'Informant' (unrated)

 

A fascinating portrait of a radical leftist turned into a Tea Party hero.

informant.jpg

By Rene Rodriguez rrodriguez@MiamiHerald.com

Brandon Darby, the subject of writer-director Jamie Meltzer’s absorbing documentary Informant, talks into the camera with a mixture of indignation and frustration and arrogance. At times, he stops in mid-sentence and walks out of the shot, muttering about how “the left” blames him for everything and how he refused to accept an offer by the U.S. Attorney’s Office to enroll in their Witness Protection Program. Other times, he is calmer, more focused and eloquent, even as he’s making hugely inflammatory statements about fomenting radical social change by whatever means necessary.

The movie includes footage dating back to 2005, when Darby traveled from Austin to New Orleans to help rescue a friend stranded by Hurricane Katrina. When he saw how those affected by the storm had been left to fend for themselves by the government, he formed a collective called Common Ground Relief, through which he and some like-minded activists (including Scott Crow and Lisa Fithian) helped provide food and water to the victims under the watch of local police authorities, who were wary of what these strangers were up to.

In those days, Darby identified himself with the spirit of the Black Panther Party and even traveled to Venezuela to ask then-President Hugo Chávez to provide assistance, hoping to shame the U.S. government into action. To his fellow volunteers and the citizens of the Ninth Ward district of New Orleans, Darby was a hero.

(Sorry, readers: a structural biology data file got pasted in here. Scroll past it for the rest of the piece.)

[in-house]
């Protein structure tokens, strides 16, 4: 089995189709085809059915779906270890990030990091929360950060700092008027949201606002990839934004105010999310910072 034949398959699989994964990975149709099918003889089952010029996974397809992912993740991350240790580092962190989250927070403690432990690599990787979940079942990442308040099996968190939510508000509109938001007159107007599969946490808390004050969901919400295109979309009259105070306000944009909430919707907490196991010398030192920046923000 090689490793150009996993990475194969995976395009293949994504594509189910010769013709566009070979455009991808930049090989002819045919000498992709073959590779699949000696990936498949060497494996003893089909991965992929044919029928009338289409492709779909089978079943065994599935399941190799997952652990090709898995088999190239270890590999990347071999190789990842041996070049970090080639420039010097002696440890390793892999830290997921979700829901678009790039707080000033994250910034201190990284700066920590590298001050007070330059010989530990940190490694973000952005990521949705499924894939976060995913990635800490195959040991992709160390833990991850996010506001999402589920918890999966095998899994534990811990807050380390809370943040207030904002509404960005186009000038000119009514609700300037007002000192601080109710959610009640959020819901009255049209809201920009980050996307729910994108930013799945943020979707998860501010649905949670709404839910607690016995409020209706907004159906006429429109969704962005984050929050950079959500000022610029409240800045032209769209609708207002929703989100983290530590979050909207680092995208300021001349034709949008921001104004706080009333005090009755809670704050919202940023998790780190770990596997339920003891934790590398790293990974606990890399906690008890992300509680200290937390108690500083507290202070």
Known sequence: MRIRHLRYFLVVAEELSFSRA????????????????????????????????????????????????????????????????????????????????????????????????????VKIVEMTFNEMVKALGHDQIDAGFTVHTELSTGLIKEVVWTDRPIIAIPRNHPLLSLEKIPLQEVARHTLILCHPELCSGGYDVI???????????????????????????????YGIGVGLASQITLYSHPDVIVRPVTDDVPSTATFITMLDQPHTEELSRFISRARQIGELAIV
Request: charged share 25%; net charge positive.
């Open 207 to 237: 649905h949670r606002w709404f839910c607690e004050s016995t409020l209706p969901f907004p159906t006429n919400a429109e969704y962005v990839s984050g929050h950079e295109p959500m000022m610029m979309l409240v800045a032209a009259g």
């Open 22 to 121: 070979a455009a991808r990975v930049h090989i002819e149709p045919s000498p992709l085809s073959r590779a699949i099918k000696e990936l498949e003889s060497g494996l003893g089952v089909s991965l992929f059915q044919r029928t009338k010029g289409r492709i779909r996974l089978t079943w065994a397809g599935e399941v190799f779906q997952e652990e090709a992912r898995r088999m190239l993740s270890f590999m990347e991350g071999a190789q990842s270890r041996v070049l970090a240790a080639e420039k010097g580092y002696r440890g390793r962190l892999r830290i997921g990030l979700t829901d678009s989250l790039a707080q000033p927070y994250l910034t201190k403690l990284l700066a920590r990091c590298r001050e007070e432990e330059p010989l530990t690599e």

But then things started to change. Like a gripping suspense novel, Informant recounts how Darby became an unlikely informant for the FBI after moving back to Austin and how his first tip — which proved to be a false lead — resulted in a man’s suicide. Instead of being discouraged, though, Darby became a proactive double agent of sorts, infiltrating an Austin group of college-age demonstrators who were planning to protest the 2008 Republican National Convention and nudging them to commit a crime that resulted in two controversial arrests and prison sentences.

Today, Darby is a spokesman for the Tea Party, was hailed as a hero by the late conservative blogger Andrew Breitbart and lives in constant fear for his life due to death threats. His story is so complicated and political that the movie could have easily slipped into hagiography or critique. One of the miraculous things about Informant is that the film passes no judgment on Darby, even though everyone else interviewed in the film does. This timely documentary, which illuminates the ways in which government agencies spy on and track normal citizens, also passes the test as a work of balanced journalism about a man of fascinating contradictions.

With: Brandon Darby, Scott Crow, Lisa Fithian, Caroline Heldman.

Writer-director: Jamie Meltzer.

Producers: Steve Banntyne, George Rush.

A Music Box Films release. Running time: 81 minutes. Vulgar language. Opens Friday Oct. 18 in Miami-Dade only: Bill Cosford Cinema.

Speak Up!